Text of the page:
I sat with my flaws today…
I sat with my flaws and reflected. I think you should do the same.
I touched my flaws and reconnected, knowing more than my name.
Do You Know Yourself?
“To Thine own self be true,” or whatever Alicia Silverstone said. Being true to who you are is one of the most important puzzle pieces to surviving this world. The problem is that you have to know yourself to be true to yourself. Trust me, that sounds much easier than it is.
I think it’s a universal experience to question your own feelings, values, thoughts, and opinions. Furthermore, I think that’s a good thing. It means that you are able to adapt and change rather than being stuck in a fixed position and unable to evolve. If you worry that you don’t have yourself sorted out, don’t get mad. None of us do.
What Do Others Think of You? Does it Matter?
The typical advice is “Don’t worry about what other people think.” It sounds great, but I think it’s a little more complicated than that. While we should not live for the approval of others, we are lying to ourselves when we say we don’t care what anyone thinks of us. Part of being true to yourself is facing this reality.
In my life, I’ve had people make me feel worthless and I’ve had people make me feel like a rock star. I’ve learned that the key is to not let other people define you while still realizing that it’s normal and okay to have feelings about other people’s opinions of you.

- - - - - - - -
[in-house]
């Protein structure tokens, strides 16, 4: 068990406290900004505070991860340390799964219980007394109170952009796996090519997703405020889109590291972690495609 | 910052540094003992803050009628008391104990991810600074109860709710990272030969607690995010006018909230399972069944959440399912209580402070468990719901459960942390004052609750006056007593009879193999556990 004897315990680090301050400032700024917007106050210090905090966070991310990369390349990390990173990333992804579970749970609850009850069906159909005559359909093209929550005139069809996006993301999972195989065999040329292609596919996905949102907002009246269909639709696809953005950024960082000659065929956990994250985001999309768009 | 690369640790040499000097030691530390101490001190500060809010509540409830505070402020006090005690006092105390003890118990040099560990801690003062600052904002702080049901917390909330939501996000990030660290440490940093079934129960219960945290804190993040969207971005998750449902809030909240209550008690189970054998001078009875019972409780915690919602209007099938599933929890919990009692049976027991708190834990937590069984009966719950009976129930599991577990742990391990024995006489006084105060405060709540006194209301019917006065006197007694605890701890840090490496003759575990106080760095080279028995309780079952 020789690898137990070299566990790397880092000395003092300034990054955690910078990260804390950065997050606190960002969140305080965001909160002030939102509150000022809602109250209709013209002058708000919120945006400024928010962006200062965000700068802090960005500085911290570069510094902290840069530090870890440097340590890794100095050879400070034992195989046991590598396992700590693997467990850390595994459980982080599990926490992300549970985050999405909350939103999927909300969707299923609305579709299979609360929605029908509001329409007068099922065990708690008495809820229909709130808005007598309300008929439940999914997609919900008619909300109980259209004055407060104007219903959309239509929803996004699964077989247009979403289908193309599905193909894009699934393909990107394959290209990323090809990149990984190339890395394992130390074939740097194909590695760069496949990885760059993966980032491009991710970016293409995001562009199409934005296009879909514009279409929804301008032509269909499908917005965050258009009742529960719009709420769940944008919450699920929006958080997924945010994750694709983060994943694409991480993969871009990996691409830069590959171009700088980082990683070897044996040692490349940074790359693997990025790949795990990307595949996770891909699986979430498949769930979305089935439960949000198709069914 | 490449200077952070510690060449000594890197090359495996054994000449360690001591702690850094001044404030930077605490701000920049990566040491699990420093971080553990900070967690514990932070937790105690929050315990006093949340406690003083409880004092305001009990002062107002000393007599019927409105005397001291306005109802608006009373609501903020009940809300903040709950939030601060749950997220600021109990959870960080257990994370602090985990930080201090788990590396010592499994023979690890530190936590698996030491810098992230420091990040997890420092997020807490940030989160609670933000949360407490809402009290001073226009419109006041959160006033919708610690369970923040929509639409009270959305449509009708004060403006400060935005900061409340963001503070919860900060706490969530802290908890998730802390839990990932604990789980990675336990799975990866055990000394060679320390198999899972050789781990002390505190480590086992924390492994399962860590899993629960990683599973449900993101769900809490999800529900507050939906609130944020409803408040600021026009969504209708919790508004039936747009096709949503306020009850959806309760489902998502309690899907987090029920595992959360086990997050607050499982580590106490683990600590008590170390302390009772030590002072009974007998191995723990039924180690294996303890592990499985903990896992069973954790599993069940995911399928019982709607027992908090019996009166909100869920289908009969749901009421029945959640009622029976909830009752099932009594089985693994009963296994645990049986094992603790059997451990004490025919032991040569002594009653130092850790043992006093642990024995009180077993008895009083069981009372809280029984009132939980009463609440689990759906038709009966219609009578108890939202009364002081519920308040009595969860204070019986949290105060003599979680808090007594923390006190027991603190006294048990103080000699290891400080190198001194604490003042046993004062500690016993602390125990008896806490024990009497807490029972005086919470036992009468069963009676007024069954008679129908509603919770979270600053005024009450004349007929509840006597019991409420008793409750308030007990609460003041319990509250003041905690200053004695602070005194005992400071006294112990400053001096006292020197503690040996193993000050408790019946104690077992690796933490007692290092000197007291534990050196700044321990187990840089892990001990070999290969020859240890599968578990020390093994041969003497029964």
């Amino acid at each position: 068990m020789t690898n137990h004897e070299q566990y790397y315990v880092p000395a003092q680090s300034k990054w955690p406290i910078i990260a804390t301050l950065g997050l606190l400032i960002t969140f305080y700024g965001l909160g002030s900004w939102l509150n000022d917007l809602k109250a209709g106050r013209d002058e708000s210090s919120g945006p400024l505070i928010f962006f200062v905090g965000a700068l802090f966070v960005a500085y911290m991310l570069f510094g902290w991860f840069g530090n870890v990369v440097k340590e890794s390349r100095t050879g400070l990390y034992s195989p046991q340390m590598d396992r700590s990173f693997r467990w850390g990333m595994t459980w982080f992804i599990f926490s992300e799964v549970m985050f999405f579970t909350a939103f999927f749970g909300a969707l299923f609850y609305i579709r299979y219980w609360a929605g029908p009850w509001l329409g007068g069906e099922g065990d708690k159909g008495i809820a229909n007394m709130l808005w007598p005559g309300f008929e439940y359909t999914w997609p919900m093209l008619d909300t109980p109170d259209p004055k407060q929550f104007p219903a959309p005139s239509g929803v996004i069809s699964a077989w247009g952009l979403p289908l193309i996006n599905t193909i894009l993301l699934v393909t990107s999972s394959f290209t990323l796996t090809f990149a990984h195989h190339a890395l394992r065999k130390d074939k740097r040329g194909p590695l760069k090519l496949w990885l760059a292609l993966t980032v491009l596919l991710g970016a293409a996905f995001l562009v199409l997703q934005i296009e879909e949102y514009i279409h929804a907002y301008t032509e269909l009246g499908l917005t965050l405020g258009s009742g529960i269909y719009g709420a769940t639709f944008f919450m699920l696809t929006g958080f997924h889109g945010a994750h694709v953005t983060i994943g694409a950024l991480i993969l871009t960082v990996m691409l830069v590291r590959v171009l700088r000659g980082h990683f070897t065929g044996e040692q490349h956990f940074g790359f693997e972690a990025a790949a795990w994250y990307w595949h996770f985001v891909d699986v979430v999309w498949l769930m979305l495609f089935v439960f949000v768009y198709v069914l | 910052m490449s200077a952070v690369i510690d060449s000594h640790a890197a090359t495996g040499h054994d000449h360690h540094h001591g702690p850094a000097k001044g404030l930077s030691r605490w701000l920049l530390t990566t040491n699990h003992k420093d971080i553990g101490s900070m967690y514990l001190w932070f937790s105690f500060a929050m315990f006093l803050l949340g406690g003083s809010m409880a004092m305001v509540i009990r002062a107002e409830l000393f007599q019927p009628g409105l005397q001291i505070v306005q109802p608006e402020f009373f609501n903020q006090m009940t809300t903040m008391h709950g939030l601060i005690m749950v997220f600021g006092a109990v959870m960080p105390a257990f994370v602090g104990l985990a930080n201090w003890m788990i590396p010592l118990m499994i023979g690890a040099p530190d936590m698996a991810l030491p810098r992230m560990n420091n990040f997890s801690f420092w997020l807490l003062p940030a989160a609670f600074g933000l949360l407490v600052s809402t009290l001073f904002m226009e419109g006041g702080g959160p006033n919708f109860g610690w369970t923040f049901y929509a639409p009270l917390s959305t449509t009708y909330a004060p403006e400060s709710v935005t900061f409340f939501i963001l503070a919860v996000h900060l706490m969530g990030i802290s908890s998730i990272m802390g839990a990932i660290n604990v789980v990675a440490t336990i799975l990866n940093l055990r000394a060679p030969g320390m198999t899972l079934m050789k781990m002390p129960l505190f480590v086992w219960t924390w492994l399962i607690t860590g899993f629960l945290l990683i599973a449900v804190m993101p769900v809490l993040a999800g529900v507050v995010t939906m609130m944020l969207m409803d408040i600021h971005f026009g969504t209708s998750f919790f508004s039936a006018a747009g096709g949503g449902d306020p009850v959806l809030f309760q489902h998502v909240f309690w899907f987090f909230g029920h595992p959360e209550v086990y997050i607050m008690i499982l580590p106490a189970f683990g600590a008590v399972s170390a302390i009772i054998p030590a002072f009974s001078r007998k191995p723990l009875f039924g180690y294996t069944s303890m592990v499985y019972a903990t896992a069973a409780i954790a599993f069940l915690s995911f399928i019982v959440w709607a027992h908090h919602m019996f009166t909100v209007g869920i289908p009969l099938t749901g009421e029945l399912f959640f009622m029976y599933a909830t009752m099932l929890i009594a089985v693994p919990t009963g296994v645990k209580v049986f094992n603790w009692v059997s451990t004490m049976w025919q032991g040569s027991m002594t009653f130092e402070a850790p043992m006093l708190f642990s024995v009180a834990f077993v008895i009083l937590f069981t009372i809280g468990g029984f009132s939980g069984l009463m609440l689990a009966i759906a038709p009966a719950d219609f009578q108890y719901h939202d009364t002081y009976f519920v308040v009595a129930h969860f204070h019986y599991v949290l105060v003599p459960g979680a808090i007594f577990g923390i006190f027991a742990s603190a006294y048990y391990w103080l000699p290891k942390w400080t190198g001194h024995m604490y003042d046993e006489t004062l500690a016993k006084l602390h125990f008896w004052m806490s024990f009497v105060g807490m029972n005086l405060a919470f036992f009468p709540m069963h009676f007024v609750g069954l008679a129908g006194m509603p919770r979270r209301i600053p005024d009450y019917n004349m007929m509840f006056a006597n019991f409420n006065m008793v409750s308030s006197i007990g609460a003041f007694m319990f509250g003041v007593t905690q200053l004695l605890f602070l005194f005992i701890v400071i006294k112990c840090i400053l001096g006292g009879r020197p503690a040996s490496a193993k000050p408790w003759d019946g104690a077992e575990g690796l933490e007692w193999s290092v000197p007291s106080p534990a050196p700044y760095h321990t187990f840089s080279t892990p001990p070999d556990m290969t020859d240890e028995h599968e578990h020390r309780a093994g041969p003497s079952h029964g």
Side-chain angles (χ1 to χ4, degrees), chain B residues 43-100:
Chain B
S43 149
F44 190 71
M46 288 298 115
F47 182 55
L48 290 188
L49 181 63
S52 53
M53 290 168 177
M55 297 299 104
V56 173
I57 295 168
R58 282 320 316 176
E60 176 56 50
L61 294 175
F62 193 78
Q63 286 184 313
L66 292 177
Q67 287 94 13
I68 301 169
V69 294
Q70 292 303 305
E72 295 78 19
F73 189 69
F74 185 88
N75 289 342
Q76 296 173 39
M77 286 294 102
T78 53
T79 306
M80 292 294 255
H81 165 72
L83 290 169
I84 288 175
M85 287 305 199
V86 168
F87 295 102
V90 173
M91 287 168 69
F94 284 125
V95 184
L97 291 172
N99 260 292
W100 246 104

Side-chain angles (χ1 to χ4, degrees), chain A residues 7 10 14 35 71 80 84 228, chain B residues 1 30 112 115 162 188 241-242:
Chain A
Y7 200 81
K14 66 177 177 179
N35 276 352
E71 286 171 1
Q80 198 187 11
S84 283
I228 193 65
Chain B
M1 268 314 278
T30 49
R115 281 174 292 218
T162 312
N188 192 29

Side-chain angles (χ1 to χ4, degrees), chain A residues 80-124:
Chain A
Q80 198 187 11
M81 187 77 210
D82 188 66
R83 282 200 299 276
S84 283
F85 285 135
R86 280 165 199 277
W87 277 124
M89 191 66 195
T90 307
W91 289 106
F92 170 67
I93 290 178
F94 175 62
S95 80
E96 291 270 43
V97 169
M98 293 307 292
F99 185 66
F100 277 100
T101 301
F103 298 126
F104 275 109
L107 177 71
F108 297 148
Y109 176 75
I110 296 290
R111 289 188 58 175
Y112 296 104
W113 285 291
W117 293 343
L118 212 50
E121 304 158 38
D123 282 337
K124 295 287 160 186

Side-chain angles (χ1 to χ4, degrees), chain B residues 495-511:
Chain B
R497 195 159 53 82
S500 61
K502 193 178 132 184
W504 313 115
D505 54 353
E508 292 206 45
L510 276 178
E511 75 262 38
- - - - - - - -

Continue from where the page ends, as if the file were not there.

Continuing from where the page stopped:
If someone we care about is upset about what someone else said, and we say “Who cares what they think?” we are invalidating their feelings because they care. Let’s stop doing that. But what about when you are your own worst critic?
Is Being Self-Critical Holding You Back?
For around the first half of my life, I viewed myself as different and less than others. I was dumb, weak, and generally incapable of doing what “normal” people could do. What saved me was finding out some things that I’m really good at and getting a little bit of confidence.
Furthermore, I spent years in an environment where I wasn’t achieving my full potential but got to feel like the big fish in the small pond because I wasn’t pushing myself. This is where we end up covering our insecurities with arrogance. Whether you are telling yourself that you are the worst or the best, you might just be self-sabotaging.
Why Sit With Your Flaws?
Recently, I was being really hard on myself about some of the parts of myself that I don’t love. I tried to avoid or distract but none of that helped. What did help was when I approached myself with compassion. What I realized is that we spend so much time trying to highlight our best qualities and cover the others that we bury our true selves under an image of who we pretend to be.
I feel like this is the root of Imposter Syndrome. When we are at war with ourselves because we don’t live up to our own expectations, we limit what we can accomplish. When I embraced my flaws and treated myself with compassion, negative feelings no longer had power over me.
Giving yourself the freedom to not be perfect really helps you to be better. Accept that your highs and lows are all part of who you are. Forgive yourself as well as others for being flawed. This simple change allows you to not see yourself as above or below anyone so that you can do the one thing no one else can — be you.
Michael J. Snow is a writer fueled by anxiety and a curiosity about the corners of life he hasn’t touched. Follow him on Twitter to see what he’s been up to.